The GuardianThe Guardian

For Vladimir Putin, the sinister cult of victory is all that is left

By Kirill Martynov

09 May 2022 · 4 min read

Vladimir Putin was born seven years after the end of the second world war, and raised on the Brezhnev-era myth of the great victory. A man of no great education, he loved to quote Soviet films and old stories. The history books portrayed the “great patriotic war” as a magical fable in which the hero – the Russian people – vanquishes a monster, to the envy of the whole world. In this myth there was no room for many of the actual facts of war, such as the Molotov–Ribbentrop pact, the war with Finland, the occupation of the Baltics. The myth ignores the deportation of millions of Poles. It glosses over the Rzhev campaign of the winter of 1942-43, in which the Soviet army sustained terrible losses, preferring to dwell on the storied victories of Moscow and Stalingrad.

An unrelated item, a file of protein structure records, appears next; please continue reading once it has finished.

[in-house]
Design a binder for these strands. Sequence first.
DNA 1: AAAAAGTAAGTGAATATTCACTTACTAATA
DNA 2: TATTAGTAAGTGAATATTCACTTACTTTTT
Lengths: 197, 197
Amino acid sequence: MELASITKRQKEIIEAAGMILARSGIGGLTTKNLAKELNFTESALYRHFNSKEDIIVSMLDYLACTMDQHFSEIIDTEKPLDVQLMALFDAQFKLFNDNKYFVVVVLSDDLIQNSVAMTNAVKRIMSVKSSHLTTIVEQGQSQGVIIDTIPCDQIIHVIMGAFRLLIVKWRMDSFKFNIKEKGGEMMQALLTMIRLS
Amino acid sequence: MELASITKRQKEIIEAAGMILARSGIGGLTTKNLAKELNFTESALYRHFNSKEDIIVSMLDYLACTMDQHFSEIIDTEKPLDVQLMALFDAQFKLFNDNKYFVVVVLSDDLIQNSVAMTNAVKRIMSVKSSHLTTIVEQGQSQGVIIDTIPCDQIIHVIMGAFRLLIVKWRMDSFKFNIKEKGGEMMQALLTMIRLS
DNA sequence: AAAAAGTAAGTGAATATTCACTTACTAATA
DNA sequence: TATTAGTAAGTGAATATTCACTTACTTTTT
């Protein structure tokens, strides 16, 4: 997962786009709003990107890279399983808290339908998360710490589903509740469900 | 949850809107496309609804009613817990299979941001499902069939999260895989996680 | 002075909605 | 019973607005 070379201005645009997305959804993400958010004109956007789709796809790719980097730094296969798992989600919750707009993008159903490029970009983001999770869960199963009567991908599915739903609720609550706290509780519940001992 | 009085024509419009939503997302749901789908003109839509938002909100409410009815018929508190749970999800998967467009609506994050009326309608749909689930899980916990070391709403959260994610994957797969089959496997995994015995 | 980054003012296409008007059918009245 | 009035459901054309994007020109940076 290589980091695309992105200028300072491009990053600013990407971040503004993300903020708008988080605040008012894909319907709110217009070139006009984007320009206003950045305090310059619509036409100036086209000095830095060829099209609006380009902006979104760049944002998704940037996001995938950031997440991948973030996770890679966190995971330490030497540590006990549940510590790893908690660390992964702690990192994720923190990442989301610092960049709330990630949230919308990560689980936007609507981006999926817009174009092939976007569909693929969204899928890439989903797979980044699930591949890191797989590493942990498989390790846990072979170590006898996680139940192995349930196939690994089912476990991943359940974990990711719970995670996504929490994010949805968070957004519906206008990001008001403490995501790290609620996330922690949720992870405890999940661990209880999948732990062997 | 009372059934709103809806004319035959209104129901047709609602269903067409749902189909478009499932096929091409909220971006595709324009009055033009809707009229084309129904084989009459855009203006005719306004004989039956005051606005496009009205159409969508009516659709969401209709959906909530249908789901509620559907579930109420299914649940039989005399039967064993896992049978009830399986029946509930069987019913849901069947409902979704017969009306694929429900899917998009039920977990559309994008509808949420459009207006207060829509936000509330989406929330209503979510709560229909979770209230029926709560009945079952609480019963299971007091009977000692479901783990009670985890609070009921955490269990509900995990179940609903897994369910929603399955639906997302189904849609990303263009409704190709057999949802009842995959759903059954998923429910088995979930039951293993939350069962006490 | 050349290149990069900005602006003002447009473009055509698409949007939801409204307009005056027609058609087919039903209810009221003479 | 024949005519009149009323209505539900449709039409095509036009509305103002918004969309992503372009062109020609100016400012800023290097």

The myth, celebrated today on Russia’s Victory Day, has become the essential narrative underpinning Putin’s plan to rule Russia eternally.

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